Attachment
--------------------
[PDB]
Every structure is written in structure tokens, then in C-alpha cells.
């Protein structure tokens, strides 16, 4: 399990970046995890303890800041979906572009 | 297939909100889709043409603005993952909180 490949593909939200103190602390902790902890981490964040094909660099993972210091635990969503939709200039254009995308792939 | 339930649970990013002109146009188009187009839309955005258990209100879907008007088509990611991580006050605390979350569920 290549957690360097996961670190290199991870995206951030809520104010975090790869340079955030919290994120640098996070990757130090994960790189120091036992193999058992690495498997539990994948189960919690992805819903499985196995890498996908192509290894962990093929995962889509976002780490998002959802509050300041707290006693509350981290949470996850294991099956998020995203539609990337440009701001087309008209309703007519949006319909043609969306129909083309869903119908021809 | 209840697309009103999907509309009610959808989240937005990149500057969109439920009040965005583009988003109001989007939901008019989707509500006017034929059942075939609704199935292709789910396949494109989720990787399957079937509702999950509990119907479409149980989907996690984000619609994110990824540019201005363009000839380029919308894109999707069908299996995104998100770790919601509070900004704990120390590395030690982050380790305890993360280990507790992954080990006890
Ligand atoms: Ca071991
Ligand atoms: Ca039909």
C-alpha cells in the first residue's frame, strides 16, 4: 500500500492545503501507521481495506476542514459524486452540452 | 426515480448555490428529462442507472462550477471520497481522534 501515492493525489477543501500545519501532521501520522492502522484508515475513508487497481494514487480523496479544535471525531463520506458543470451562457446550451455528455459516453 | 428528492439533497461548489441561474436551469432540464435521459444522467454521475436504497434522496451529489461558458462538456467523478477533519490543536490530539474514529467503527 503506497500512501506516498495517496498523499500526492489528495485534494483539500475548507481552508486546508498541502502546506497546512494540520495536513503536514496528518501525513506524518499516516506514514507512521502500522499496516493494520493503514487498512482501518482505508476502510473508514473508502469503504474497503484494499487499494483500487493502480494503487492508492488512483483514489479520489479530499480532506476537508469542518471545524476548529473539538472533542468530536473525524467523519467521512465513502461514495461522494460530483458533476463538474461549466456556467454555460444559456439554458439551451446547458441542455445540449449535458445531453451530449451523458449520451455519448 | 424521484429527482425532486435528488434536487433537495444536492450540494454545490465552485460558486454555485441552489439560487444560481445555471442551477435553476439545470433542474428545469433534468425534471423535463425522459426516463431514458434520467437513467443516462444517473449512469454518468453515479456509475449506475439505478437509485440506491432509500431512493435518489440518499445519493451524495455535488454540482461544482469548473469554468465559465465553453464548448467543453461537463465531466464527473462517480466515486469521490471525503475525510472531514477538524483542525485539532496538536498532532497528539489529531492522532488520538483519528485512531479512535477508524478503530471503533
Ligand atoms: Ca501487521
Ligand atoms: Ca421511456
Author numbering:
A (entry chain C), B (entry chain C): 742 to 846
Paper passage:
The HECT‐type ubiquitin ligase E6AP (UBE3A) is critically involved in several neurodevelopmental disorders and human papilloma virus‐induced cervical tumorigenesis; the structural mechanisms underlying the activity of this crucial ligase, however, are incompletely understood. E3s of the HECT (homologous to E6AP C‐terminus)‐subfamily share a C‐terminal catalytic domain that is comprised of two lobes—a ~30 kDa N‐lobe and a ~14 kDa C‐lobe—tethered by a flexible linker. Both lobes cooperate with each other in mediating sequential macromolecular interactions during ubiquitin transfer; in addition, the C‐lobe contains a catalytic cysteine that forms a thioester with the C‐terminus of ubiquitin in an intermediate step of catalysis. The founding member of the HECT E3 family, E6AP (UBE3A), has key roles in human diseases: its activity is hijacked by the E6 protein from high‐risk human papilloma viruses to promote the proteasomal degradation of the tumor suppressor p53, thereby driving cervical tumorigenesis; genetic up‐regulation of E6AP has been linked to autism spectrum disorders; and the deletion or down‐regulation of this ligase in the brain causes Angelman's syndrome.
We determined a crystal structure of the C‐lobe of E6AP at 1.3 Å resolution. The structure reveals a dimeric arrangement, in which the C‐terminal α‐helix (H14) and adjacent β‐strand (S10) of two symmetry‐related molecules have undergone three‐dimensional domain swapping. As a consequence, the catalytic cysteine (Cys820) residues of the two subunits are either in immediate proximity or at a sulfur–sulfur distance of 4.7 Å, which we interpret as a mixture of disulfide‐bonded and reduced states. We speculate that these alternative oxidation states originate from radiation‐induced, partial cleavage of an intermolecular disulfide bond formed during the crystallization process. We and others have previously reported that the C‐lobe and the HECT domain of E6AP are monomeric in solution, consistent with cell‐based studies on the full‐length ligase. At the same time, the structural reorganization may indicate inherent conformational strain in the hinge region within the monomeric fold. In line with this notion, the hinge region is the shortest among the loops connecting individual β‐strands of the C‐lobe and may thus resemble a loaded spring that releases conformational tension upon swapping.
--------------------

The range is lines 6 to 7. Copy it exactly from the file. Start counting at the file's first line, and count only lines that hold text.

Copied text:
C-alpha cells in the first residue's frame, strides 16, 4: 500500500492545503501507521481495506476542514459524486452540452 | 426515480448555490428529462442507472462550477471520497481522534 501515492493525489477543501500545519501532521501520522492502522484508515475513508487497481494514487480523496479544535471525531463520506458543470451562457446550451455528455459516453 | 428528492439533497461548489441561474436551469432540464435521459444522467454521475436504497434522496451529489461558458462538456467523478477533519490543536490530539474514529467503527 503506497500512501506516498495517496498523499500526492489528495485534494483539500475548507481552508486546508498541502502546506497546512494540520495536513503536514496528518501525513506524518499516516506514514507512521502500522499496516493494520493503514487498512482501518482505508476502510473508514473508502469503504474497503484494499487499494483500487493502480494503487492508492488512483483514489479520489479530499480532506476537508469542518471545524476548529473539538472533542468530536473525524467523519467521512465513502461514495461522494460530483458533476463538474461549466456556467454555460444559456439554458439551451446547458441542455445540449449535458445531453451530449451523458449520451455519448 | 424521484429527482425532486435528488434536487433537495444536492450540494454545490465552485460558486454555485441552489439560487444560481445555471442551477435553476439545470433542474428545469433534468425534471423535463425522459426516463431514458434520467437513467443516462444517473449512469454518468453515479456509475449506475439505478437509485440506491432509500431512493435518489440518499445519493451524495455535488454540482461544482469548473469554468465559465465553453464548448467543453461537463465531466464527473462517480466515486469521490471525503475525510472531514477538524483542525485539532496538536498532532497528539489529531492522532488520538483519528485512531479512535477508524478503530471503533
Ligand atoms: Ca501487521